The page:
Origin of nominalising morphology.

Guy Deutscher gd116 at HERMES.CAM.AC.UK
Sun Jun 15 18:07:32 UTC 2003

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Dear Histling-ers,

I have a question about the origin of nominalizing morphology, which I
hope someone can help with. What prompts the question is the wish to
understand how infinitives develop in language. Half of the answer to this
is well known. As Martin Haspelmath, for example, has shown, the markers
of infinitives often come from allative and purposive markers (as in
English 'to'). But there is another half. In order for those allative or
purposive markers to appear before a verb, the verb usually has to have
some nominalizing affix. In other words, to get the infinitive, we need to
start with some 'action nominal' or participle of some kind. But where
does the morphology which takes a verb and turns it into an 'action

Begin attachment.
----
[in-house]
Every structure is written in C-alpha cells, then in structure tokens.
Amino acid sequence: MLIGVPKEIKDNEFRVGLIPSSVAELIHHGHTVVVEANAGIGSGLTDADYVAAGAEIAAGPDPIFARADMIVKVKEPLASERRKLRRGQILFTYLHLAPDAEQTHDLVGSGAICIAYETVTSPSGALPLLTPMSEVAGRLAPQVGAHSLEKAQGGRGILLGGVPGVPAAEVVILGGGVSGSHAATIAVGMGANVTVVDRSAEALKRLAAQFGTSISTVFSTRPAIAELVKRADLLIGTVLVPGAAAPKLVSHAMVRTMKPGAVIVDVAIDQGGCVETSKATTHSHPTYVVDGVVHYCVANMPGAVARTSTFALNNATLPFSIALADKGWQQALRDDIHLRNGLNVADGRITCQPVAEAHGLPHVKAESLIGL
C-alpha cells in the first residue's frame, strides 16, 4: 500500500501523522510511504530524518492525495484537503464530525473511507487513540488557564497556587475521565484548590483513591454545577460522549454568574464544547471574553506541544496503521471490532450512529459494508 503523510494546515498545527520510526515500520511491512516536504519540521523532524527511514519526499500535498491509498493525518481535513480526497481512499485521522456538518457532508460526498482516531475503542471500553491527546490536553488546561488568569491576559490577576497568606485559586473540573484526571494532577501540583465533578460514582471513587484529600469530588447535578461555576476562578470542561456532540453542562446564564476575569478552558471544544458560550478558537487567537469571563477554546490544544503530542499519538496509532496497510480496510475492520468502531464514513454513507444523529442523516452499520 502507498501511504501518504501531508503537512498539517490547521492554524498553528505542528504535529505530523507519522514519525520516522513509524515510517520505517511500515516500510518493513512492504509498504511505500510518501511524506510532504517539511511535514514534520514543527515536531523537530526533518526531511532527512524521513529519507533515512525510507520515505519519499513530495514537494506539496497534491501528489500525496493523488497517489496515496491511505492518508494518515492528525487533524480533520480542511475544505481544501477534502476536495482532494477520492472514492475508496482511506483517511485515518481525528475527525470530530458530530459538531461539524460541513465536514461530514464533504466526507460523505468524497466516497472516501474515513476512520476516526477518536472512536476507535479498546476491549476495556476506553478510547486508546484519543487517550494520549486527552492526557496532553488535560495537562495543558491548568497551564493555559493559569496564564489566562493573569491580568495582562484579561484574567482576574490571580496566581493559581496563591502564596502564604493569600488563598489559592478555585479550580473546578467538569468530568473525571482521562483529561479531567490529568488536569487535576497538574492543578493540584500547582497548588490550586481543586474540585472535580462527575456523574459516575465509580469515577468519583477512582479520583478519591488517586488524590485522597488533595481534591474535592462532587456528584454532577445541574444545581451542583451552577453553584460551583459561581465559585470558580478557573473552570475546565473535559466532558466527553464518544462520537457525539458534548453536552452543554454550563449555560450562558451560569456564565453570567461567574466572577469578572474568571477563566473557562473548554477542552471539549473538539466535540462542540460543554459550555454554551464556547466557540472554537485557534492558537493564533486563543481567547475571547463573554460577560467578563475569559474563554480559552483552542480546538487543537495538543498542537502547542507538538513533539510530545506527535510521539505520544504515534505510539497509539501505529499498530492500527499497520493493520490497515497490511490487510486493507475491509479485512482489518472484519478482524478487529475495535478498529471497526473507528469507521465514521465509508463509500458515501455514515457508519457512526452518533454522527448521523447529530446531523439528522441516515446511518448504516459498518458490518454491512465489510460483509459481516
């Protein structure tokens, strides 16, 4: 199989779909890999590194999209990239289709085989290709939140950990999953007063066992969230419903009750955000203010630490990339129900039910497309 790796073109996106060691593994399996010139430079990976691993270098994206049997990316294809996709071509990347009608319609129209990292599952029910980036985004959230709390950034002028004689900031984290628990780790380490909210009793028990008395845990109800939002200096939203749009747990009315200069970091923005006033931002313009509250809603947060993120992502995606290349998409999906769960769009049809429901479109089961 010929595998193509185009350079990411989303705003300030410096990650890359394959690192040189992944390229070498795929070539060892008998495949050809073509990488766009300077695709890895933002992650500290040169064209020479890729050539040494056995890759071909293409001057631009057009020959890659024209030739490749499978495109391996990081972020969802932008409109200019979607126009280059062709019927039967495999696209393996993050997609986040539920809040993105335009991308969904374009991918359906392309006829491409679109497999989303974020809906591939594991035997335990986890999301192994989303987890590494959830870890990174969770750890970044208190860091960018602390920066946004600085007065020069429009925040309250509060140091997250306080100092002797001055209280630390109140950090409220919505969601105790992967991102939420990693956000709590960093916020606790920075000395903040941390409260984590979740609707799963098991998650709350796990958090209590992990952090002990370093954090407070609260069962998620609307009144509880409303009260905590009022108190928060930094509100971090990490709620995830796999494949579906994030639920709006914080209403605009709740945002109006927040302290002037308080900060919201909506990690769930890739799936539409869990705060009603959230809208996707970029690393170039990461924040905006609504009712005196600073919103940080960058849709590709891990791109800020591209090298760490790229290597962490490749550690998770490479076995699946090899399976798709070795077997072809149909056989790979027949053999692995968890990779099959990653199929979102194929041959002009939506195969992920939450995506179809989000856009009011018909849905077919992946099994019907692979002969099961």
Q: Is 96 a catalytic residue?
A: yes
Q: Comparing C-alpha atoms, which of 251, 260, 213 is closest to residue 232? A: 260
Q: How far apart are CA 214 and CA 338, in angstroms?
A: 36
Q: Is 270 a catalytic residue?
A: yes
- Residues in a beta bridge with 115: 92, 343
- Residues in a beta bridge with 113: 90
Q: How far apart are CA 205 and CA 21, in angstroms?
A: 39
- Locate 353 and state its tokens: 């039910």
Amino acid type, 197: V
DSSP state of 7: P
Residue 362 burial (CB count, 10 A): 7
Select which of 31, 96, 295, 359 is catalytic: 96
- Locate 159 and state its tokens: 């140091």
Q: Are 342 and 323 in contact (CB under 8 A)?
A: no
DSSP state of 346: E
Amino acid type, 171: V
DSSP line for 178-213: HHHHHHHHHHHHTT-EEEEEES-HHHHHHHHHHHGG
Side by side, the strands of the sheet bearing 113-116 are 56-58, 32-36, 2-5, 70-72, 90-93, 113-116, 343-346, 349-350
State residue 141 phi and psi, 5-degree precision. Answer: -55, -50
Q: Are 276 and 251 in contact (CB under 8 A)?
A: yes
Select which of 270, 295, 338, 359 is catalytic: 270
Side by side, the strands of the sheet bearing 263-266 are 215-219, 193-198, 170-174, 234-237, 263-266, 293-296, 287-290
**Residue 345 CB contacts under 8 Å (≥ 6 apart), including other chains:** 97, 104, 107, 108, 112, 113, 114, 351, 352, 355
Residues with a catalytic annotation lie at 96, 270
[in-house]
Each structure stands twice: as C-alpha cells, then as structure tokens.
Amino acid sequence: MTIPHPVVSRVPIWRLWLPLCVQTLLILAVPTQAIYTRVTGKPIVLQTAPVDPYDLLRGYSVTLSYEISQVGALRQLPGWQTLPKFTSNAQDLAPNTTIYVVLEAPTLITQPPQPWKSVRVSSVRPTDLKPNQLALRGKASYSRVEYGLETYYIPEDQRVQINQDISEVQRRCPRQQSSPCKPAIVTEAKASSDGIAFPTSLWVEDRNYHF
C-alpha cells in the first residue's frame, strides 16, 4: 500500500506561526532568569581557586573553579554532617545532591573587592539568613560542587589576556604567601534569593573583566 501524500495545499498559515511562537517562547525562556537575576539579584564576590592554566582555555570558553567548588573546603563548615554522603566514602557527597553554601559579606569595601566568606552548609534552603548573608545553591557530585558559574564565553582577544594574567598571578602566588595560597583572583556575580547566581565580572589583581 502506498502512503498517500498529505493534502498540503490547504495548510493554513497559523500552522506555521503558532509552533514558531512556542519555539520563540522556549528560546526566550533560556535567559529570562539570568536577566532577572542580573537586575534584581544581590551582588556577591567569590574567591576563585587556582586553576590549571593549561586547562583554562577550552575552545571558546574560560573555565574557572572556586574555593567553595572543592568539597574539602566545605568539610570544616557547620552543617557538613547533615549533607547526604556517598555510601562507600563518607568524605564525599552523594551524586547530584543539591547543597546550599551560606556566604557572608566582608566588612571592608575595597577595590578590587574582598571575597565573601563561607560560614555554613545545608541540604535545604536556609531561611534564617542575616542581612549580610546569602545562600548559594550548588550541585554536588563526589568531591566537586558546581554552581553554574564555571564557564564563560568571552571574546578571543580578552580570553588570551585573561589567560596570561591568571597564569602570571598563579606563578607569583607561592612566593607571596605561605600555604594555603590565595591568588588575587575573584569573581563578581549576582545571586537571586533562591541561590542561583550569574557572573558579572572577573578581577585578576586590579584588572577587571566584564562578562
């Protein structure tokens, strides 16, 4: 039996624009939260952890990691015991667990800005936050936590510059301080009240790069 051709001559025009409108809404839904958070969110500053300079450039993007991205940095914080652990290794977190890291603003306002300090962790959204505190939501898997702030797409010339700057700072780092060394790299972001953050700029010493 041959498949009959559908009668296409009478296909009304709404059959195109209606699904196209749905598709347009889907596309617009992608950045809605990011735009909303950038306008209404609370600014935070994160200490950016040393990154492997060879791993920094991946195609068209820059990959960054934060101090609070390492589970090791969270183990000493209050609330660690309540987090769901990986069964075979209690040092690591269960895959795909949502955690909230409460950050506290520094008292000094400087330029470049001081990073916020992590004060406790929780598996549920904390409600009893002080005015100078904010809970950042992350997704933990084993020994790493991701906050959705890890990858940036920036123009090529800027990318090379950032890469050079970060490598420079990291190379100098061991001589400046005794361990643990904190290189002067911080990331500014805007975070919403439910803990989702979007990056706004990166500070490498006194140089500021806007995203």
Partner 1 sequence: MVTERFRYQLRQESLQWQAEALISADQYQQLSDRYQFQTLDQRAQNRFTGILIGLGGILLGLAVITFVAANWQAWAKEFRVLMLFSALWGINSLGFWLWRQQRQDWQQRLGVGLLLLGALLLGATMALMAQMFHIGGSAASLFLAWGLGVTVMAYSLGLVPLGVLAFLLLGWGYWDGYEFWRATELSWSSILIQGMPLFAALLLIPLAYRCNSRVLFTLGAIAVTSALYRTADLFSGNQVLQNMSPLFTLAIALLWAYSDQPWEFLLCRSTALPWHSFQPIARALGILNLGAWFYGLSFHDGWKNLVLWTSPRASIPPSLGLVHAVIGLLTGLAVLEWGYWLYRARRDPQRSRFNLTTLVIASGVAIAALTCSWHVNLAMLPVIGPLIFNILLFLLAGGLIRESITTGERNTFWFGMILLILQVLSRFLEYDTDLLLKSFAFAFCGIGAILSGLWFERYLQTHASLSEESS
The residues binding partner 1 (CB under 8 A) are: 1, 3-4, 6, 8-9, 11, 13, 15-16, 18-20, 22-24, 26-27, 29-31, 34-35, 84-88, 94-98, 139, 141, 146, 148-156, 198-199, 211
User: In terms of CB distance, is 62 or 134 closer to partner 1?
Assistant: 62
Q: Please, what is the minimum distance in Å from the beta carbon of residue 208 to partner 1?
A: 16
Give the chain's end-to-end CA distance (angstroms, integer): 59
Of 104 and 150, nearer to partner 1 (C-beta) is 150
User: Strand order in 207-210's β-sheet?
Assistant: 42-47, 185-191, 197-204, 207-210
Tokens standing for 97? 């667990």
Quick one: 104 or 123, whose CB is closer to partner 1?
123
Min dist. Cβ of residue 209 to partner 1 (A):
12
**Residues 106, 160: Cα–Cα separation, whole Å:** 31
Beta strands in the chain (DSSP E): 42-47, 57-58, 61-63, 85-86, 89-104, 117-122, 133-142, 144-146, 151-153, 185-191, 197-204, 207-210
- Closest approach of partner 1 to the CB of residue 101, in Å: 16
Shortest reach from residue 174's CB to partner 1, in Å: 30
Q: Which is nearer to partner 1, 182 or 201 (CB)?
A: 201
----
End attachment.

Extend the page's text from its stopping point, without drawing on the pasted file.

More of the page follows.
nominal' come from in the first place? One would expect that it arises by
grammaticalization, and ultimately from some lexical source. But what are
these sources? In Indo-European, if I understand
correctly, the sources of various nominalizing suffixes are mostly
obscure. For the I-E participle in -wos/-us, for example, Szemerenyi
tentatively suggests that it may be derived from a verbal root *wes-
'stay'. But obviously, one cannot rely on such etymologies. Similarly, if
you take the English participle in -ing, then you can certainly go back
with it to a stage where it was still more nominal in nature (as it
still is in the German cognate -ung). But the actual etymology for the
suffix is not so clear. Do people know of examples where one can actually
observe the emergence of nominalizing morphology on verbs, or at least
reconstruct it transparently? There are, of course, plenty of clear
examples for the emergence of morphology that derives abstract nouns from
*other nouns*. (English suffixes in friend-ship or child-hood derive
originally from noun-noun compounds). In theory, therefore, one way for
nominalizing morphology to reach verbs would be by extension of such
affixes from nouns to verbs. But again, are there examples where one can
actually see such a process in action?

Many thanks, Guy Deutscher.

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